I was recently asked by a UK customer how the performance of an 800 GB SSD compared with the performance of a 1.6 TB SSD. They were specifically asking about the performance of the drives supported by the V7000 - but I realised it's actually quite an interesting question to think about...
My first reaction was that of course SSDs are just like regular drives - more capacity doesn't add any performance, but then I thought some more and realised that was just completely wrong. I also decided that there is basically no way to answer that question for the a generic SSD. Here are the factors which I think are probably involved:
- An SSD is really a circuit board with a number of Flash chips on them to store the data. If you double the capacity of the SSD then you may have doubled the number of the Flash Chips. If you have doubled the number of Flash chips then there is a reasonable expectation that the performance may have doubled.
- One of my colleagues tells me that the SSDs inside Apple laptops do claim that if you get the drive which is twice as big then it performs twice as well... So this logic is at least sometimes true.
- Those Flash chips are hiding behind a SAS interface. For a high performance SSD there's a chance that you'll eventually reach a bottleneck on the SAS interface chip. Once you reach that bottleneck then adding more Flash chips won't make any difference.
- There's no such thing as "A Flash Chip". There are a number of manufacturers out there making different Flash chips with different trade-offs between price and performance. So if the SSD comes from a different vendor, is a different model from the same vendor, or maybe is even just manufactured in a different year then there's a chance that the performance of the two will be noticeably different.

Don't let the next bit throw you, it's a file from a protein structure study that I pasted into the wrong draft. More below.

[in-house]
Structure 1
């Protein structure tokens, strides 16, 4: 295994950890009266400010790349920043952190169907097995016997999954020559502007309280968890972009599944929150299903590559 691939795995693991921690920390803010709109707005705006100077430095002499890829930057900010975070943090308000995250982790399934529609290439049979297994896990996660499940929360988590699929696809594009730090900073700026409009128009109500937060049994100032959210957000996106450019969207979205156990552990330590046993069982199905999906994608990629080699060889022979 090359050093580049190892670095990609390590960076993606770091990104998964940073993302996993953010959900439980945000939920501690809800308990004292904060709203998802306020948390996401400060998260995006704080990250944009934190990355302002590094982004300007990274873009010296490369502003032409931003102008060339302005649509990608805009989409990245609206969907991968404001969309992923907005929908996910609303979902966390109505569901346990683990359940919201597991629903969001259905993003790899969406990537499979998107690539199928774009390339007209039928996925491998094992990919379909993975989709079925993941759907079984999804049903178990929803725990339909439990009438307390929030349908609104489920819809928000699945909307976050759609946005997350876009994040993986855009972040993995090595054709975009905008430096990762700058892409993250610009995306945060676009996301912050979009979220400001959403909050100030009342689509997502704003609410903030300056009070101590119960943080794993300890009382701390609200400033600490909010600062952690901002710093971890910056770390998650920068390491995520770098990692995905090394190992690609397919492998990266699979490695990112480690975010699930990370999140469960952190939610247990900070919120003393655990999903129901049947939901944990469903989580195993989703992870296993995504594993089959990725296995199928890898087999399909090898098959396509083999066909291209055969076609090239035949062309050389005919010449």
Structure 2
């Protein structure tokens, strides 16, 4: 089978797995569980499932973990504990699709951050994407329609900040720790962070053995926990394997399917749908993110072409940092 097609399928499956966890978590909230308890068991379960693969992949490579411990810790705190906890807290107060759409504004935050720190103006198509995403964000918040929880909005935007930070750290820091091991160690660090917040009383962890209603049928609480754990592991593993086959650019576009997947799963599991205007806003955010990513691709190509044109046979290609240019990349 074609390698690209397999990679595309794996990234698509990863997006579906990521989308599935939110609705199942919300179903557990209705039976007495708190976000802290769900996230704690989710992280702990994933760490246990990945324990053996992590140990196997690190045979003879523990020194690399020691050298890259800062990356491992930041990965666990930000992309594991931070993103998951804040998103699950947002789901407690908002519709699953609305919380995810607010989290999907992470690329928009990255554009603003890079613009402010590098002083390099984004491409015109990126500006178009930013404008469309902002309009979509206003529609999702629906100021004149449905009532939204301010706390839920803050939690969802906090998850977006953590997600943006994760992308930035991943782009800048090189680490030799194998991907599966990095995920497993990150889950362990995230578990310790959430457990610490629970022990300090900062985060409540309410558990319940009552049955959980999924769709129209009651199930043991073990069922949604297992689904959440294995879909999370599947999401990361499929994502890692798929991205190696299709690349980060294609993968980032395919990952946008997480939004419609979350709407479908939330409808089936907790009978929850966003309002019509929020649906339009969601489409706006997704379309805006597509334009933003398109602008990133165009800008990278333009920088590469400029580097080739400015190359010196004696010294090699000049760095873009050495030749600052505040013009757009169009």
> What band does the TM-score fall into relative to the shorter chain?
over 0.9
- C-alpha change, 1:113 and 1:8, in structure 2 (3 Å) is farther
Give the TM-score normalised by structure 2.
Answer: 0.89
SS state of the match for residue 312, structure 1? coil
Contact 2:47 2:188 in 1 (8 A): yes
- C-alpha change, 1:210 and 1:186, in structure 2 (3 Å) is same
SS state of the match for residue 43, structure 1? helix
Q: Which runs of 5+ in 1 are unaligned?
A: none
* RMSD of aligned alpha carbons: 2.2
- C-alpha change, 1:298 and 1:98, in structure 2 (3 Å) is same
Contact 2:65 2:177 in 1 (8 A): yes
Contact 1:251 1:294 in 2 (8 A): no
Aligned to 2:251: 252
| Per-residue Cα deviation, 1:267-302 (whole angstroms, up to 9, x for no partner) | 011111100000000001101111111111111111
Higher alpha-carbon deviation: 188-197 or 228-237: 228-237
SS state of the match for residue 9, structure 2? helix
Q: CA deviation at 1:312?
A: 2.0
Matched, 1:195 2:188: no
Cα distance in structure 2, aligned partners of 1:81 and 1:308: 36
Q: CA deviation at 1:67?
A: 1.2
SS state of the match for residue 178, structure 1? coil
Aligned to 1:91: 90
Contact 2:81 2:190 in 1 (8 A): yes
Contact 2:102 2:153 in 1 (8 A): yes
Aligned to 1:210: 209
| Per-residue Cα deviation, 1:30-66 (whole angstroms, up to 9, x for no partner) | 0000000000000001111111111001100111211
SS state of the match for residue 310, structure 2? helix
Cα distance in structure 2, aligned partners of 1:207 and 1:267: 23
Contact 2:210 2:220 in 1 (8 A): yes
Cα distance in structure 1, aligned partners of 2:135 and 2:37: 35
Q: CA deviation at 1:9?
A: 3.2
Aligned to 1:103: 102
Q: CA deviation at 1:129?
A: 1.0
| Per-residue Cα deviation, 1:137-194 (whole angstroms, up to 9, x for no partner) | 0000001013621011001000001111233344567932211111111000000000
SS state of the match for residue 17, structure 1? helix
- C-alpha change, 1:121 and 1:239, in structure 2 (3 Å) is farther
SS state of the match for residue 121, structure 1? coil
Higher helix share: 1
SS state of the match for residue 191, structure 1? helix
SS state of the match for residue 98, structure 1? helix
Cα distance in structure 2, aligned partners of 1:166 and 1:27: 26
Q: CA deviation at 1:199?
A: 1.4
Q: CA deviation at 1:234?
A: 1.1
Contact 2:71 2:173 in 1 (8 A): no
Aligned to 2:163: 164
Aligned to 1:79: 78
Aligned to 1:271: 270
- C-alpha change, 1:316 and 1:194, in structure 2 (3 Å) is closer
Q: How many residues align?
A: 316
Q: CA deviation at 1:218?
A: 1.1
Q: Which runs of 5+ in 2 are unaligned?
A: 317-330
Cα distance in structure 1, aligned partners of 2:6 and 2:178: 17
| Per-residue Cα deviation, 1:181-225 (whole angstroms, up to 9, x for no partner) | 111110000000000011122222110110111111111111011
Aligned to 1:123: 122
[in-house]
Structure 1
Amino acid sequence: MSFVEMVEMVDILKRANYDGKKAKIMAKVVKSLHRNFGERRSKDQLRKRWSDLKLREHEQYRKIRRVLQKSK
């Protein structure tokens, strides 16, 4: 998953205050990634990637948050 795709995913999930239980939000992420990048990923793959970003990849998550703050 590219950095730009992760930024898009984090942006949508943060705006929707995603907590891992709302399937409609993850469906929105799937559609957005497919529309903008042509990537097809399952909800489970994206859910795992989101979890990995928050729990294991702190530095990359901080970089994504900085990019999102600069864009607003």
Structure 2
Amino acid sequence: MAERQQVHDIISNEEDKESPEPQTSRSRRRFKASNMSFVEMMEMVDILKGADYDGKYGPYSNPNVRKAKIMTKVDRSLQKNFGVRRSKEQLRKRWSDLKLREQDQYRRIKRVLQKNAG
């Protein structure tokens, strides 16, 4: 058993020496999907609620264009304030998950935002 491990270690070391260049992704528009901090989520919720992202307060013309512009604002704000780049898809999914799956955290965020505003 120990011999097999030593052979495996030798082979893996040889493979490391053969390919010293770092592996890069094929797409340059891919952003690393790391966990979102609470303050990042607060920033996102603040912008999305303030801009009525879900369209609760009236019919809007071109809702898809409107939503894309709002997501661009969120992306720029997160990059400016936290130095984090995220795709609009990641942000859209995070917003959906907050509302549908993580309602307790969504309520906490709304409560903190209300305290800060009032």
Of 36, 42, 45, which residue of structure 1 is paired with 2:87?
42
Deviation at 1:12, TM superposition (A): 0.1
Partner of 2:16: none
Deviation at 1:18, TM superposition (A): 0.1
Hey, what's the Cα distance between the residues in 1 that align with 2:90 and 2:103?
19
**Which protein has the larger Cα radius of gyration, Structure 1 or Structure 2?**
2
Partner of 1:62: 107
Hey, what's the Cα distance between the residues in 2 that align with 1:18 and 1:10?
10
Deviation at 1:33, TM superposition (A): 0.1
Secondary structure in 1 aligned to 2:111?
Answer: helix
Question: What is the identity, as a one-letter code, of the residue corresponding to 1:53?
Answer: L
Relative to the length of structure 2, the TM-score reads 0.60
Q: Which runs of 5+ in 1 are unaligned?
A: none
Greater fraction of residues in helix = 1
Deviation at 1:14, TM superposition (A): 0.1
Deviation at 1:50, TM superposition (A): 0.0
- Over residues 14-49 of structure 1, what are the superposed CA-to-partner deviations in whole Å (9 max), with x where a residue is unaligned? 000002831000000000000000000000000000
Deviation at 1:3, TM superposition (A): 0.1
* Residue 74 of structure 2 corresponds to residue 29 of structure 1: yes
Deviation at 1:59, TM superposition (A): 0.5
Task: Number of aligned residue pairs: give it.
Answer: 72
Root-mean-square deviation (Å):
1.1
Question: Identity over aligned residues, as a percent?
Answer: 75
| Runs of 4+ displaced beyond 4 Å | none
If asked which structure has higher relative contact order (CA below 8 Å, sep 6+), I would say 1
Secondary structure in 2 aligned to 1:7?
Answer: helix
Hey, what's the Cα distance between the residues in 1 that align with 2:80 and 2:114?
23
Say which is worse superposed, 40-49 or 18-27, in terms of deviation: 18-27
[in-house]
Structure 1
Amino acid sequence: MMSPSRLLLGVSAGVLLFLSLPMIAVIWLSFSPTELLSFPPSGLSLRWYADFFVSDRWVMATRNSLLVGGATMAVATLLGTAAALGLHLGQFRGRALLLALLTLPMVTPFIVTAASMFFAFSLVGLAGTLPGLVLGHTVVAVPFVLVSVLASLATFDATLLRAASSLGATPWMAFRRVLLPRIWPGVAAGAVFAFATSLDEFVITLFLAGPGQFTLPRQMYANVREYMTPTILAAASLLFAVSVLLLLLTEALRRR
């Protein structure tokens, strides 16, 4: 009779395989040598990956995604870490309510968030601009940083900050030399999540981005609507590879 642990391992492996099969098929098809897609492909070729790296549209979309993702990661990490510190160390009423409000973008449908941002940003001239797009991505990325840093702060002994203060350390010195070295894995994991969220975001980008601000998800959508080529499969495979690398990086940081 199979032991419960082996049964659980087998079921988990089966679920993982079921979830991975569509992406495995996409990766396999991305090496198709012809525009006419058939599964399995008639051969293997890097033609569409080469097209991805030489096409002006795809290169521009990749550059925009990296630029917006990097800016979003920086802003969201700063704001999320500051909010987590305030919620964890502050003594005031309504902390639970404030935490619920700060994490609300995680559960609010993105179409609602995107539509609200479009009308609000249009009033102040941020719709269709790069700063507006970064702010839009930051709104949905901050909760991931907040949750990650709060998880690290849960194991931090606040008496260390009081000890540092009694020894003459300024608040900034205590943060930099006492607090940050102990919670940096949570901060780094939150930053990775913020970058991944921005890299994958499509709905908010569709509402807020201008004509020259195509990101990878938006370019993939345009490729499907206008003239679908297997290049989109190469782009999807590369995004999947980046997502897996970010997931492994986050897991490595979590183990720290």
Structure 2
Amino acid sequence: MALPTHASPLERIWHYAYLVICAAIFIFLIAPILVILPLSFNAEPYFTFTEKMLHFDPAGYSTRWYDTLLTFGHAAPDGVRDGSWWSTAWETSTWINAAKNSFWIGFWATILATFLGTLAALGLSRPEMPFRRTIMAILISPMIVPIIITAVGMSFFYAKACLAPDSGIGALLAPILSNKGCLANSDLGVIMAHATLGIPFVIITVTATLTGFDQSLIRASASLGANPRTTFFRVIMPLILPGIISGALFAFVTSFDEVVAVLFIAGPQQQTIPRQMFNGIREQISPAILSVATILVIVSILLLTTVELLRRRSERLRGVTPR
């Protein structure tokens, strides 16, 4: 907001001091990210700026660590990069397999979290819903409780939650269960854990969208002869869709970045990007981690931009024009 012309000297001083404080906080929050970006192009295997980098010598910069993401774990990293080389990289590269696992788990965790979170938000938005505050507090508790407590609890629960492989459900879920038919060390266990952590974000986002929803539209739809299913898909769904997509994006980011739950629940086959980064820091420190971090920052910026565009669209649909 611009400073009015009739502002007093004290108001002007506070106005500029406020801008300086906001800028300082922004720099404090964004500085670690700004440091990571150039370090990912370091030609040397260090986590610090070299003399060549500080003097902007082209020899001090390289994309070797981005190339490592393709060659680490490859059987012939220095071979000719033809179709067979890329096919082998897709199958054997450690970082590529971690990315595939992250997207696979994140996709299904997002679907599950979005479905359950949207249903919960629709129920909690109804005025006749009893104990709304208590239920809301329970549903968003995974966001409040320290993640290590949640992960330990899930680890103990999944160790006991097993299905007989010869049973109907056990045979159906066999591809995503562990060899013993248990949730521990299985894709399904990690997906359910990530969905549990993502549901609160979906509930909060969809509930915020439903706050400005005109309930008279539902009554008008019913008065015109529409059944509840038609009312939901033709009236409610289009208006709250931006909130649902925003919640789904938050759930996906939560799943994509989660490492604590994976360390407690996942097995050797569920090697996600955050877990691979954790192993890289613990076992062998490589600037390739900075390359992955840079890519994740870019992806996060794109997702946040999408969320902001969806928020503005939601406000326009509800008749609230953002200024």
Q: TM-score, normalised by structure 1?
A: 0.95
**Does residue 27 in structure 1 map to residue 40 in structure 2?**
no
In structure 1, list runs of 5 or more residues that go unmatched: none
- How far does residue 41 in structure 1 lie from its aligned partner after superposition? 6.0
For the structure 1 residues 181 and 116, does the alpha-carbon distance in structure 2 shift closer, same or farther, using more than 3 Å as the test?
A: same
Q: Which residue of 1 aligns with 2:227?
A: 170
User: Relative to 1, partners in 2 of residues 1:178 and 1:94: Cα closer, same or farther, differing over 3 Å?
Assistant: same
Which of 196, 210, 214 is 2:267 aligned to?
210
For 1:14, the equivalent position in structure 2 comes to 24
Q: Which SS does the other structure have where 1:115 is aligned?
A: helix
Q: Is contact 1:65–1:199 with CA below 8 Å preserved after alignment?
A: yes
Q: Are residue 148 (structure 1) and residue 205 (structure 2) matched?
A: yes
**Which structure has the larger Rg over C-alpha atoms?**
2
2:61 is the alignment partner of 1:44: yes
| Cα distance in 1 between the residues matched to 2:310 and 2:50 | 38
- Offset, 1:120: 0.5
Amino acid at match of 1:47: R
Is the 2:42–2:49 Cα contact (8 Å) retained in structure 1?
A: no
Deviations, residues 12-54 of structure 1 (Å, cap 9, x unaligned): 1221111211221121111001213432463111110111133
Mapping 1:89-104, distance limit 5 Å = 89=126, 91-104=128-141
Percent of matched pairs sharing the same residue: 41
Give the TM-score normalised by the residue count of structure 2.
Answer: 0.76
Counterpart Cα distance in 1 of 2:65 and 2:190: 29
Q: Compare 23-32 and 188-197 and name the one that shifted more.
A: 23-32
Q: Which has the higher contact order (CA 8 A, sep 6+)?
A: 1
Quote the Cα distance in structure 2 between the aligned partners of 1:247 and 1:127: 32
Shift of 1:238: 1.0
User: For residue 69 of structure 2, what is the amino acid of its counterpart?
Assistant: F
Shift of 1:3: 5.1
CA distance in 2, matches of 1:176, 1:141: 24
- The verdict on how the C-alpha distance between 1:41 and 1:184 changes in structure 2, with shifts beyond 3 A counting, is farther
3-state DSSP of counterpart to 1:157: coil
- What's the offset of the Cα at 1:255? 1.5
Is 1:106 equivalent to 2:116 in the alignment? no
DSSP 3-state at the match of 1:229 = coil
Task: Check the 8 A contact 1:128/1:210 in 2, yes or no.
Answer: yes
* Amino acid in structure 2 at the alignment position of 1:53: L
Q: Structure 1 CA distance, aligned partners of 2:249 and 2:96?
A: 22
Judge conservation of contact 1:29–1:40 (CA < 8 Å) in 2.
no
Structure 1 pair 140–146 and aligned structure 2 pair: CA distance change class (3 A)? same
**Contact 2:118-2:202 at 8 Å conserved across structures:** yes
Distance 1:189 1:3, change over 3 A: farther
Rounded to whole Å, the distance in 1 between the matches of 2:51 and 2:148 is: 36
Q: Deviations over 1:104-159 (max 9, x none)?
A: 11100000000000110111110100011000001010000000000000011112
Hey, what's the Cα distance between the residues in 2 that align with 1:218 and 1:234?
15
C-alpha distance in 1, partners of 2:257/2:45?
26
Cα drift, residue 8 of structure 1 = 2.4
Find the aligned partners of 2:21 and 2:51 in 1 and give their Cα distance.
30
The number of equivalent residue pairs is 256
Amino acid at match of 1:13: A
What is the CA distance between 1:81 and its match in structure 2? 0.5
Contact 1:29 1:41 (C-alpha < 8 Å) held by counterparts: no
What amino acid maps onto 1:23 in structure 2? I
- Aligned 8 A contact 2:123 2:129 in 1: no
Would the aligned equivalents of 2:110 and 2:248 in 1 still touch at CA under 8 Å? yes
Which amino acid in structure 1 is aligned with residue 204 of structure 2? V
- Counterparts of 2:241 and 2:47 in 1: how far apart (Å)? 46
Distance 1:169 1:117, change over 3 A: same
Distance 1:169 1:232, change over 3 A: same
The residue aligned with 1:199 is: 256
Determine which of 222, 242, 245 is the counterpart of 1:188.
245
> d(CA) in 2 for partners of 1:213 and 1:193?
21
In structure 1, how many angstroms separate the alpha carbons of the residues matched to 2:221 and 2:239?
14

- You may know that an SSD always has more raw capacity than usable capacity. That is because you can not overwrite data on an Flash cell. What you need to do is erase the cell (basically overwrite with zeros) and then you can store your data in it. Because the erase takes time to complete, the drives hide this latency from you by always writing to "pre-erased cells". Then later a garbage collector will come and erase the old cells that are no longer being used. So if your SSD has less of that extra capacity - that will reduce the performance of sustained writes to the drive.
After all this discussion - you might be expecting me to produce a magic answer - but the point is that I don't have one. There is just no way of knowing without simply looking at the performance of each drive and comparing them to each other.
However.... there is another possible approach here, one which I'm stealing from one of IBM FlashSystem technical salesmen based in the UK. Maybe the answer should be "who cares?" (His actual phrase was "IOps are free"). The high end SSDs are reaching a point where the IOPs discussion is becoming irrelevant. On high end SSD systems - especially things like the IBM FlashSystem products, most customers do not have applications that are capable of generating enough IOs per second per Gigabyte to get close to the maximum IOPs of these drives. Even with EasyTier finding the hottest data across an entire storage pool and concentrating it on SSDs, it is unusual to reach the IOPs capabilities of SSDs. You are much more likely to overload SSDs with MB/s than with IO/s. So that's some food for though.
I don't claim to be an expert on Flash or SSDs. I'd be interested to know if any of you have any practical experience of these topics, or if you have any of your own opinions.